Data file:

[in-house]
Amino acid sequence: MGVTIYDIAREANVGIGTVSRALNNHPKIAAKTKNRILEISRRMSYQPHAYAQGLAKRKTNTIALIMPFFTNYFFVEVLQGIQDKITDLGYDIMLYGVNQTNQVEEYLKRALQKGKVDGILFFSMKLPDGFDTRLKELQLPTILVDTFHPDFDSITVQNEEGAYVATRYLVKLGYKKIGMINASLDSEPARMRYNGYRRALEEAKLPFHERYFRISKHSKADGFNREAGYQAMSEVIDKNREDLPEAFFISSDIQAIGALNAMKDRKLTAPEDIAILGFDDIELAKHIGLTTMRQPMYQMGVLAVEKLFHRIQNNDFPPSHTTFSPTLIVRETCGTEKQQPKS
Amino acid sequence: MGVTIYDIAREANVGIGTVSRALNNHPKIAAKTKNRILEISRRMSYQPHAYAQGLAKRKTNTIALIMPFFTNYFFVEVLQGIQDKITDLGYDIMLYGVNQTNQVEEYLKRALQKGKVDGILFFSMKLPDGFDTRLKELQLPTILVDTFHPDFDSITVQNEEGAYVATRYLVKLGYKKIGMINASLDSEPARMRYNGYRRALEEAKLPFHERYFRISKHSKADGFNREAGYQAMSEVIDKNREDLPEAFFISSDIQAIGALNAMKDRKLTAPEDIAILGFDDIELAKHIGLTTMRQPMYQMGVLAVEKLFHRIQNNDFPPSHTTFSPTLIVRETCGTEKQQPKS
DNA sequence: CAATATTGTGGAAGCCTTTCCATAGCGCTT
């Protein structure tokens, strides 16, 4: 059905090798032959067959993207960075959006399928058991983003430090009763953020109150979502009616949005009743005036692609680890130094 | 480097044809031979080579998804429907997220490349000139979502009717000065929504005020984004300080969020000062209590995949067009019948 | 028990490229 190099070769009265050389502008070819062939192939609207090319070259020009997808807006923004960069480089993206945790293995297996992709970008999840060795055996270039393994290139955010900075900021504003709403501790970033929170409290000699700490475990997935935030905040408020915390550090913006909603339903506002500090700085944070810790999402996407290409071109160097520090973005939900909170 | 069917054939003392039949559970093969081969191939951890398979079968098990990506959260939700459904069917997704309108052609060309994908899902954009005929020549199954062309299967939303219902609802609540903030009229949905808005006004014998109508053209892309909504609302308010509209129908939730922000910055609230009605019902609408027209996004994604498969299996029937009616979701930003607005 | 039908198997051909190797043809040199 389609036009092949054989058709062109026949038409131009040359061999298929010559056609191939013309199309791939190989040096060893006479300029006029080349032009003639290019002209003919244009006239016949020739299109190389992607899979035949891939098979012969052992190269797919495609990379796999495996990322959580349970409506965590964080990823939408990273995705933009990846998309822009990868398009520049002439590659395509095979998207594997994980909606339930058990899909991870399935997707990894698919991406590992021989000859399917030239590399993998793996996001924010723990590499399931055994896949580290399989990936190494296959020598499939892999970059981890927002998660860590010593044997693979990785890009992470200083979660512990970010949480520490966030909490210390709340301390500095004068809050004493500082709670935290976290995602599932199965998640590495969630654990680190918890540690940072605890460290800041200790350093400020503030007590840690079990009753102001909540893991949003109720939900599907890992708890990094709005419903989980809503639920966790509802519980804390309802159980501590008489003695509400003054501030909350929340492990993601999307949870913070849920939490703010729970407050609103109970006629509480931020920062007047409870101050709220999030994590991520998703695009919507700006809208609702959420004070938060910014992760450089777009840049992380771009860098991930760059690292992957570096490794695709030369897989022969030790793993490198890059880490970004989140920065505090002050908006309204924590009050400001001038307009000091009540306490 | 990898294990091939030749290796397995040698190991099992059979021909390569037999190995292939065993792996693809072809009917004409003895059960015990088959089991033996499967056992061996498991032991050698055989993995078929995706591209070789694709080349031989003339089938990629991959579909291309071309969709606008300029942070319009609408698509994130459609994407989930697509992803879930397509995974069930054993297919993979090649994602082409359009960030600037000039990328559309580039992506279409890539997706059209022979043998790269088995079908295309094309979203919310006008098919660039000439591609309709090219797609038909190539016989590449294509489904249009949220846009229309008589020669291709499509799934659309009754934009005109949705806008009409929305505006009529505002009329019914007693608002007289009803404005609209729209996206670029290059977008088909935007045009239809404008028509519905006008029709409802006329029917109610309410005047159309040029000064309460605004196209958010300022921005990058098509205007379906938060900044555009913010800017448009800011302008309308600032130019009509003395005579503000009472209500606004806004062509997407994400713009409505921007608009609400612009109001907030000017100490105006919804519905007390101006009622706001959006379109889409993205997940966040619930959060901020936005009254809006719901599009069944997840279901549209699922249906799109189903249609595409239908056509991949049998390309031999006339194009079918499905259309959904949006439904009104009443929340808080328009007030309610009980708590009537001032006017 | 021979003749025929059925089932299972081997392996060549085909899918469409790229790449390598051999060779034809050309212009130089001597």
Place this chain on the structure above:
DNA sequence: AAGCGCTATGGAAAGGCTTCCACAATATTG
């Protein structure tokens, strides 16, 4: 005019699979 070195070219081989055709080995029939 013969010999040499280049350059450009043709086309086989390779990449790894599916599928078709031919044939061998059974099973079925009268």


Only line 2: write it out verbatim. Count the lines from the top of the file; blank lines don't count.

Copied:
Amino acid sequence: MGVTIYDIAREANVGIGTVSRALNNHPKIAAKTKNRILEISRRMSYQPHAYAQGLAKRKTNTIALIMPFFTNYFFVEVLQGIQDKITDLGYDIMLYGVNQTNQVEEYLKRALQKGKVDGILFFSMKLPDGFDTRLKELQLPTILVDTFHPDFDSITVQNEEGAYVATRYLVKLGYKKIGMINASLDSEPARMRYNGYRRALEEAKLPFHERYFRISKHSKADGFNREAGYQAMSEVIDKNREDLPEAFFISSDIQAIGALNAMKDRKLTAPEDIAILGFDDIELAKHIGLTTMRQPMYQMGVLAVEKLFHRIQNNDFPPSHTTFSPTLIVRETCGTEKQQPKS